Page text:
Networks of PhD Students and Academic Performance: A Comparison across Countries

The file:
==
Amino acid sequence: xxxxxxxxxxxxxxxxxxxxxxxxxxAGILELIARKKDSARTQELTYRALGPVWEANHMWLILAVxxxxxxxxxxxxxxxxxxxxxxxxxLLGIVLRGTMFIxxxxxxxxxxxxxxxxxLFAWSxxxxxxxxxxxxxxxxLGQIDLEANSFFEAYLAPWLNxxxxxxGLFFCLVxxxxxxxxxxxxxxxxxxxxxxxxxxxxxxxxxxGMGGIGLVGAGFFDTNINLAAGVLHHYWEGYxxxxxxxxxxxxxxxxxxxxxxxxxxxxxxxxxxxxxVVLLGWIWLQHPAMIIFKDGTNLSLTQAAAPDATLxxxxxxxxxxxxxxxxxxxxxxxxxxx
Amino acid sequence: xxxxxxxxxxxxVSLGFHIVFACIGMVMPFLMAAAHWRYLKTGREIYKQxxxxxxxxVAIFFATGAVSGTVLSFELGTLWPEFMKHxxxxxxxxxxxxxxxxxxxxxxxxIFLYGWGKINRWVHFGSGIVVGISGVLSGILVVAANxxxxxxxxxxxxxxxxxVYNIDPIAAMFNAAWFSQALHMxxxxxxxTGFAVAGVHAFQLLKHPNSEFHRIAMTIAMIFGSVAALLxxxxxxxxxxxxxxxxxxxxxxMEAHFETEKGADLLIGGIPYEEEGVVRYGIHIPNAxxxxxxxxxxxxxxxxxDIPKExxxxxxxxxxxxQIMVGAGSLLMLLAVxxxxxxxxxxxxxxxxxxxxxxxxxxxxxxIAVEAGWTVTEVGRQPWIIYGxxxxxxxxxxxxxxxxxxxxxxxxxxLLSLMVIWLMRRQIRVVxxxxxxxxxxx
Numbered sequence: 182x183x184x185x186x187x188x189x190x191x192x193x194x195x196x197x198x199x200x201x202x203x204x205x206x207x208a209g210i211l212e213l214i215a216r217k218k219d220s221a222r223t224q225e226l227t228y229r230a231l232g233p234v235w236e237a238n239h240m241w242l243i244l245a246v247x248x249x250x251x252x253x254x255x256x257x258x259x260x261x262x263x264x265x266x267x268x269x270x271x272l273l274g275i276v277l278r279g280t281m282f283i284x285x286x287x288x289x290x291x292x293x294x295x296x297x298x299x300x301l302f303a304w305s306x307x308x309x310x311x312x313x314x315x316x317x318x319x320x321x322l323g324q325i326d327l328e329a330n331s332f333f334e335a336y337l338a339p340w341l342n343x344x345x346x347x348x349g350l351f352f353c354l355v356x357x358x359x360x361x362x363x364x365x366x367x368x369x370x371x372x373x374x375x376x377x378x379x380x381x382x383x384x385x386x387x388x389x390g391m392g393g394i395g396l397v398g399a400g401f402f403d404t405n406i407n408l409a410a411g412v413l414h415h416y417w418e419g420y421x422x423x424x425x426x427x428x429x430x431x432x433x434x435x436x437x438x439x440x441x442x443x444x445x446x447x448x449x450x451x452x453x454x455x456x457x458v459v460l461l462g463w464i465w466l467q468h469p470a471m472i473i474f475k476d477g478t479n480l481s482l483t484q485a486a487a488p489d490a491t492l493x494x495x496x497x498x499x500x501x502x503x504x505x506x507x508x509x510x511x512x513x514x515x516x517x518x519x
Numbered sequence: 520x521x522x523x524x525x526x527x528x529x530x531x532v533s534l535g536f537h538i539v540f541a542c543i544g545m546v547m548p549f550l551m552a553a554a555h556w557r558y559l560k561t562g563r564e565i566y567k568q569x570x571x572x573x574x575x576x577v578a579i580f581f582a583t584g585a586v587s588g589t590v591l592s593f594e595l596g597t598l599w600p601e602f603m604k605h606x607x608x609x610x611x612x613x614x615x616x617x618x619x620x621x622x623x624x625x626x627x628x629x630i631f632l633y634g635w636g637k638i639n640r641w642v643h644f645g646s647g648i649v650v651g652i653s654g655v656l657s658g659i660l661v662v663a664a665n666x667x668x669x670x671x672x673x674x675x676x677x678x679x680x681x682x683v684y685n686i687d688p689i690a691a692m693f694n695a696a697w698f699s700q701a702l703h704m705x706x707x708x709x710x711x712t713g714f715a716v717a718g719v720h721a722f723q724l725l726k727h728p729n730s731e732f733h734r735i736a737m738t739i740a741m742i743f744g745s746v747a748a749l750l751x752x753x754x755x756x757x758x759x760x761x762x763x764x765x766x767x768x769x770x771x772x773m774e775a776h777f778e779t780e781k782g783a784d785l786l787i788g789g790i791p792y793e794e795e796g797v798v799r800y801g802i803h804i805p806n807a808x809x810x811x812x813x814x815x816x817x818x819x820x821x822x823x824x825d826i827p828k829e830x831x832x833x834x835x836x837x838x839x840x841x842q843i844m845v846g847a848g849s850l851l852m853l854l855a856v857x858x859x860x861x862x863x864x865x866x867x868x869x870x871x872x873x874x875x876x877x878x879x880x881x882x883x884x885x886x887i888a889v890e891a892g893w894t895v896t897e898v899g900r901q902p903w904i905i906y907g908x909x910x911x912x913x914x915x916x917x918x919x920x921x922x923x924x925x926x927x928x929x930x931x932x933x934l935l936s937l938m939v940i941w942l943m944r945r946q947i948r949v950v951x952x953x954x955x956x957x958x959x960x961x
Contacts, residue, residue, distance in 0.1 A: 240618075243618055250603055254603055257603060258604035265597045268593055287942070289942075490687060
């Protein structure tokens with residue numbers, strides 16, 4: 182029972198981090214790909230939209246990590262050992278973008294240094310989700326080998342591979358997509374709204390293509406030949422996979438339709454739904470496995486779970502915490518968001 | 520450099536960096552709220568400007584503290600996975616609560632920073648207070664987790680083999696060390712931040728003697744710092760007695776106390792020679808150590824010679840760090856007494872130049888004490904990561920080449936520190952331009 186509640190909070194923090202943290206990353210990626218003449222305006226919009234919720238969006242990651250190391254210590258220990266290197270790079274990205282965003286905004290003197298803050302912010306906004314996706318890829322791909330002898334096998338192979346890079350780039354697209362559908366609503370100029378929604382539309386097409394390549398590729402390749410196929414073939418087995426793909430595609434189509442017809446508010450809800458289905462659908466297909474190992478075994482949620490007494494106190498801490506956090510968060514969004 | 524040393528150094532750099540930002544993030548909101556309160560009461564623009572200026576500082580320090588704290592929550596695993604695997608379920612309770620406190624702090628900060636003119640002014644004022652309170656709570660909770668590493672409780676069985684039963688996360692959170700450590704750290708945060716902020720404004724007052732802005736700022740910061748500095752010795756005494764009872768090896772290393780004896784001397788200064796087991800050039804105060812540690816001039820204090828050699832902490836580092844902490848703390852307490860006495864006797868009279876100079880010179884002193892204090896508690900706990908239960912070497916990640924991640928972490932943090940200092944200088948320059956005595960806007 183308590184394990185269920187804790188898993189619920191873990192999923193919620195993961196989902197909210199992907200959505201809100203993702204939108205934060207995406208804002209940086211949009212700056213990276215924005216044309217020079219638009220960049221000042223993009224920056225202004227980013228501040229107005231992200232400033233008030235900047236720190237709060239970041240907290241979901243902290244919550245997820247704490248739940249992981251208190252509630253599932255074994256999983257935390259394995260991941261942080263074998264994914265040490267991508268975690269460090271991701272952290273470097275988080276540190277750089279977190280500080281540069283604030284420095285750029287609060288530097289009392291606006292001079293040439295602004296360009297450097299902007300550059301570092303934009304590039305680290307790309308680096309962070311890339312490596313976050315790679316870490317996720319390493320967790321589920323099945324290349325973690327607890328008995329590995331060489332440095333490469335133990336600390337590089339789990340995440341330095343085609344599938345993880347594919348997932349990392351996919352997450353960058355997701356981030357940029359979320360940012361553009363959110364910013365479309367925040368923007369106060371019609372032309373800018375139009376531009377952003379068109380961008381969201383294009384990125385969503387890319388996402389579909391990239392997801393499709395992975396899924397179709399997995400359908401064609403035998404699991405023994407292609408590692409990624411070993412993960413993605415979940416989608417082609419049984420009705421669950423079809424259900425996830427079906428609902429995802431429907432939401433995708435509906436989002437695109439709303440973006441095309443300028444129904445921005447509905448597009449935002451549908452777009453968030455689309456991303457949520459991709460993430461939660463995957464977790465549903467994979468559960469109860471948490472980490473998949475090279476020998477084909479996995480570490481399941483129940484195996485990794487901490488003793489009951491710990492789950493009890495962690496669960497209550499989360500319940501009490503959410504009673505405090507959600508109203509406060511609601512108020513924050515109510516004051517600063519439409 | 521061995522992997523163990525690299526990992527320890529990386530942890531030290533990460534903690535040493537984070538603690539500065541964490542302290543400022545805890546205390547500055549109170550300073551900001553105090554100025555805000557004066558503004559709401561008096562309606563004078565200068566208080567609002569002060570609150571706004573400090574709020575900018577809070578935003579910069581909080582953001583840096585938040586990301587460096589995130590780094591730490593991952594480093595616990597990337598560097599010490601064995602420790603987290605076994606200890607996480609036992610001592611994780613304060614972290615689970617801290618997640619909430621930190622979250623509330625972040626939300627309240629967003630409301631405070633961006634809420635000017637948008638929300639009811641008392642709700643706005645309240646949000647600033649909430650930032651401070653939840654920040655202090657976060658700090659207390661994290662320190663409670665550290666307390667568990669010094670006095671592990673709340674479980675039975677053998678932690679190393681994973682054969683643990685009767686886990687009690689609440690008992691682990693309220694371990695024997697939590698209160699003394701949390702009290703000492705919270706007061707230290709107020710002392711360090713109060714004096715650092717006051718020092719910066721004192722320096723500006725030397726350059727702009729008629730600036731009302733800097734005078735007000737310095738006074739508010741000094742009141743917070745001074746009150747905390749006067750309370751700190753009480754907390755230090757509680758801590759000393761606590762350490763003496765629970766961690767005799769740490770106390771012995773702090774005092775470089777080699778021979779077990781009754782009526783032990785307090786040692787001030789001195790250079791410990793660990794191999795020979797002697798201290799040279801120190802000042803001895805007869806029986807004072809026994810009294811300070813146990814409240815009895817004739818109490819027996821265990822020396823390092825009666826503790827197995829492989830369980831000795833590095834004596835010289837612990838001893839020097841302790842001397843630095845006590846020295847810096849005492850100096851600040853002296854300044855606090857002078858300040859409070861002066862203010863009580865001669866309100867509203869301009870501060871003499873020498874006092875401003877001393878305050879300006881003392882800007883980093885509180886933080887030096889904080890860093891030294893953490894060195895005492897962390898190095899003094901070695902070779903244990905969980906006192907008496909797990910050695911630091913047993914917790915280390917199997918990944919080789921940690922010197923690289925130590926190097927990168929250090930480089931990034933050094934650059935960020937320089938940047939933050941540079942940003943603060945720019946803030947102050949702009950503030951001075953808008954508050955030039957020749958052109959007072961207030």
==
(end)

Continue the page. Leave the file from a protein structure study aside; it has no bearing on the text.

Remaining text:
In this article we compare regression models obtained to predict PhD students’ academic performance in the universities of Girona (Spain) and Slovenia. Explanatory variables are characteristics of PhD student’s research group understood as an egocentered social network, background and attitudinal characteristics of the PhD students and some characteristics of the supervisors. Academic performance was measured by the weighted number of publications. Two web questionnaires were designed, one for PhD students and one for their supervisors and other research group members. Most of the variables were easily comparable across universities due to the careful translation procedure and pre-tests. When direct comparison was not possible we created comparable indicators. We used a regression model in which the country was introduced as a dummy coded variable including all possible interaction effects. The optimal transformations of the main and interaction variables are discussed. Some differences between Slovenian and Girona universities emerge. Some variables like supervisor’s performance and motivation for autonomy prior to starting the PhD have the same positive effect on the PhD student’s performance in both countries. On the other hand, variables like too close supervision by the supervisor and having children have a negative influence in both countries. However, we find differences between countries when we observe the motivation for research prior to starting the PhD which increases performance in Slovenia but not in Girona. As regards network variables, frequency of supervisor advice increases performance in Slovenia and decreases it in Girona. The negative effect in Girona could be explained by the fact that additional contacts of the PhD student with his/her supervisor might indicate a higher workload in addition to or instead of a better advice about the dissertation. The number of external student’s advice relationships and social support mean contact intensity are not significant in Girona, but they have a negative effect in Slovenia. We might explain the negative effect of external advice relationships in Slovenia by saying that a lot of external advice may actually result from a lack of the more relevant internal advice ​
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